I believe the environmental analysis was substantive and thorough and will help ensure that planned actions such as trail construction will not cause significant environmental impacts.

I urge you and the council to support this plan.


ACTION ITEM TWO – Attend the May 11, 2015 Livermore City Council Meeting



Original author: Don Amador

  7737 Hits

THE FIRE NEXT TIME - Stunning Film/Case Study of 2013 Rim Fire - A Must Watch Video

Post Rim Fire View of FS System OHV Trail on Stanislaus NF

One of the topics covered at the recent Central CA BLM RAC meeting was an update on the impacts of intense wildfires on the resource and local communities.

Forest Health Presentation at BLM RAC Meeting

The Yosemite Collaborative Working Group created an excellent 13 minute video as a case study of the 2013 Rim Fire.  The Fire Next Time has excellent footage and narratives from FS, timber, and conservation representatives.

THE FIRE NEXT TIME (about 13 min)

As the 2015 Fire season arrives early this year, the HQ believes it is critically important that recreationists, environmentalists, government officials, agency staff, and other stakeholders craft a way to work together to support important forest health/fuel reduction efforts as a tool to help stem the size and scope of severe/intense wildfires.

The Recreation HQ thanks you for taking time to review this important film.

Original author: Don Amador

  7797 Hits

Intense Wildfire and Over Regulation Impact OHV Recreation - Letter to EPA from BRC

Closure Order - 2012 Mill Fire
Mendocino National Forest

The Recreation HQ believes it is important for recreationists to understand just how important forest health fuel projects (mechanical treatments such as logging or mastication, prescribed fire, fuel breaks) are as a management tool to help protect recreation facilities (i.e. trail catch basins, rolling dips, staging areas, etc.) from intense uncontrolled wildfires that burn mostly in the summer months. 

Many of the same regulatory agencies such as EPA and CA Air Resources Board that govern OHV engine emissions also have regulations that, for the most part,  functionally eliminate  the use of prescribed fire  to address excessive fuel loading on Forest Service, BLM, state, and private lands.

Because forest health projects are so important to both motorized and non-motorized recreation, I accepted an initiation to join FireScape Mendocino almost 3 years ago to try and find common ground with other stakeholders on fuel projects that could help reduce the threat of uncontrolled intense wildfires that often destroy OHV opportunities at areas such as Stonyford on the Mendocino National Forest (2012 Mill Fire) and Hull Creek OHV Area on the Stanislaus (2013 Rim Fire).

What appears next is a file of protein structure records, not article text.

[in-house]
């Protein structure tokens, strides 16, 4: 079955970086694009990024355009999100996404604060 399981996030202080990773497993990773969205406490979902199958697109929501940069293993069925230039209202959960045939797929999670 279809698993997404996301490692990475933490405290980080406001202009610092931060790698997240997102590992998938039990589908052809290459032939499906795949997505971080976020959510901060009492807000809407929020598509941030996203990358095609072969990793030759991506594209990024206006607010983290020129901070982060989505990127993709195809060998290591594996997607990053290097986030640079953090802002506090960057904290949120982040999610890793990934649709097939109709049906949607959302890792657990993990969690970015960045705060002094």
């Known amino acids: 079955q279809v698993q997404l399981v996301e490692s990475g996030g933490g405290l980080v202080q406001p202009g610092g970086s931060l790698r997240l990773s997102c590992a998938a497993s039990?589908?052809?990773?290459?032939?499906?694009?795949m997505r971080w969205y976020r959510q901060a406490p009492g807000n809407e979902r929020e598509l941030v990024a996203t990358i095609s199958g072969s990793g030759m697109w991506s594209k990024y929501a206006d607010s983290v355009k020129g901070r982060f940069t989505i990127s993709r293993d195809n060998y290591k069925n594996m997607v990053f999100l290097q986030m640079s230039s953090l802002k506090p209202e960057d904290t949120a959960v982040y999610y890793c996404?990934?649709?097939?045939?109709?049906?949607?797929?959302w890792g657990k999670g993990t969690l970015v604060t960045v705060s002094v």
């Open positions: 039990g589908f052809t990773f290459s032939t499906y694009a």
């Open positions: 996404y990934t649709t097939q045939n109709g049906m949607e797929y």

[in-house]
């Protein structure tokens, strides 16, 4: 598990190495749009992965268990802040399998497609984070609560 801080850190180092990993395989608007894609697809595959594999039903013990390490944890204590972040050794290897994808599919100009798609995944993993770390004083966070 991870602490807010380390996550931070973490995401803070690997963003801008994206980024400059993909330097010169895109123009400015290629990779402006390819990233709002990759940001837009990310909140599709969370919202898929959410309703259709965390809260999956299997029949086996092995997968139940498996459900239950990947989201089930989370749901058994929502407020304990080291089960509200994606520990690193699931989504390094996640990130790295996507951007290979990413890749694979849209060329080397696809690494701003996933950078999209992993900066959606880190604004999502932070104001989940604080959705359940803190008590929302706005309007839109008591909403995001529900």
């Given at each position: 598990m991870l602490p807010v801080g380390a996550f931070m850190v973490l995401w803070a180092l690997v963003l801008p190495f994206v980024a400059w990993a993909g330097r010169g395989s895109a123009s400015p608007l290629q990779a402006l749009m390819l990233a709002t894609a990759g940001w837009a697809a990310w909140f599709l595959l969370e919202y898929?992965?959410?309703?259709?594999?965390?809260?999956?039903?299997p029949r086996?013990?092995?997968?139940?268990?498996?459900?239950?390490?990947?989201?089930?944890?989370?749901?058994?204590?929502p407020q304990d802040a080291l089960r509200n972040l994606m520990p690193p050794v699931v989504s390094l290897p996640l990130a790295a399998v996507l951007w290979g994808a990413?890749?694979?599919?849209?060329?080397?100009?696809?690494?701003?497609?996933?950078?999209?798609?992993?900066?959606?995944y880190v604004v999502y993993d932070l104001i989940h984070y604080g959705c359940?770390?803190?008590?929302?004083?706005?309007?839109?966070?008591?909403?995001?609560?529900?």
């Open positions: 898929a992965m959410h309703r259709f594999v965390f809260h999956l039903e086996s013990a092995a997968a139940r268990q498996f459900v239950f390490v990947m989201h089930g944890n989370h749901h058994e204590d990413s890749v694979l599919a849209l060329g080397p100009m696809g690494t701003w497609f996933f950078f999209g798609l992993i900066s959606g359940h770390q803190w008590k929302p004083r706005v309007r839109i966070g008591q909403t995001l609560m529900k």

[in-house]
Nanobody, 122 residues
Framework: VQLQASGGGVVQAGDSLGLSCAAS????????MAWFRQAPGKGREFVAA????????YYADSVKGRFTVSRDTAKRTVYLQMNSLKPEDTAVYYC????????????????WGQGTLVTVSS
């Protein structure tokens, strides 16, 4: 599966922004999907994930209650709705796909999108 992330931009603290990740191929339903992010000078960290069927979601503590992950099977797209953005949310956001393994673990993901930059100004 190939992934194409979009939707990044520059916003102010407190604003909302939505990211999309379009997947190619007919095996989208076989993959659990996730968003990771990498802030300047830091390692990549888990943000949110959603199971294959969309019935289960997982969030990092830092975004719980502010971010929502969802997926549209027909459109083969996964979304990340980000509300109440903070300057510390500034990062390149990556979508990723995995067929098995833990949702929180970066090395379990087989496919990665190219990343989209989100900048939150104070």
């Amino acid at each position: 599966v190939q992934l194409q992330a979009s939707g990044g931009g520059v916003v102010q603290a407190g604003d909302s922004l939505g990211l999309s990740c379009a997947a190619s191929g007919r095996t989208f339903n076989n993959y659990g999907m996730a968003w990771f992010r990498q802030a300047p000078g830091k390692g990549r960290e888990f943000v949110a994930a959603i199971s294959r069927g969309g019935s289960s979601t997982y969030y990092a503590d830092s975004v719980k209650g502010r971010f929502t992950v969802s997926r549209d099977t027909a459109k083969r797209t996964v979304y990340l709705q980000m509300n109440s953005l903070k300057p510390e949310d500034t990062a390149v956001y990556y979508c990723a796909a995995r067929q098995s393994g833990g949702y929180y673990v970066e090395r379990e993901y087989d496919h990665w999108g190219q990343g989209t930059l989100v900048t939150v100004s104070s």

Mechanical Treatment
Sierra National Forest

Link to FireScape Mendocino

That interest in forest health is what prompted BRC to submit a formal comment letter to the EPA on proposed regulations that appear to only further restrict land managers from using prescribed fire as a management tool.

Link to March 16, 2015 BRC Letter to EPA (more pics etc.)

It seems that wildfire impacts to recreation and access to forest lands are often overlooked in the debate.  I believe it is time to change that dynamic. 

If you would like to see another article on fuel breaks (another management tool), you can click on the link below:

Link to QWR Fuel Break Article

Please feel free to leave a comment and share your views on this subject.

Thanks for your interest!

Original author: Don Amador

  7299 Hits

Support YOUR Favorite CA OHV Grant Projects - Comment Period Ends April 6, 2015

OHV Grant Supported OHV Bridge
Tahoe NF

The Recreation HQ is back in 2015 with one of our first alerts and that is in regards to letting your voice be heard when it comes to support for the CA OHV Grant Program.

OHV Restoration Grant
Mendocino NF

The CA OHV Grant Program provides critical funding to help augment congressional appropriations for OHV recreation on federal lands.  Having served on the Region 5 Recreation Resource Advisory Committee and OHMVR Commission, I can attest to the important role the grant program plays to ensure that OHV recreation remains a viable activity on FS/BLM lands and county parks.  Managing sustainable OHV recreation in the 21st Century requires an “all hands approach” which includes grants, appropriated funds, and volunteerism.

OHV Grant for Signs/Safety
BLM Samoa Dunes Recreation Area

The OHMVR Division has made it easy to comment by going to the link below.  The comment period ends on April 6, 2015. This period provides an opportunity for the public to review and provide comments to the preliminary applications submitted to the OHMVR Division for consideration during the 2014/15 grant cycle.

LINK to Comments

OHV Grant to Reopen Youngs Corral Bypass
Mendocino NF

Remember this is your program and your letter shows both support for the applicants and the OHMVR Division grant staff that works hard to administer the process.



Original author: Don Amador

  7434 Hits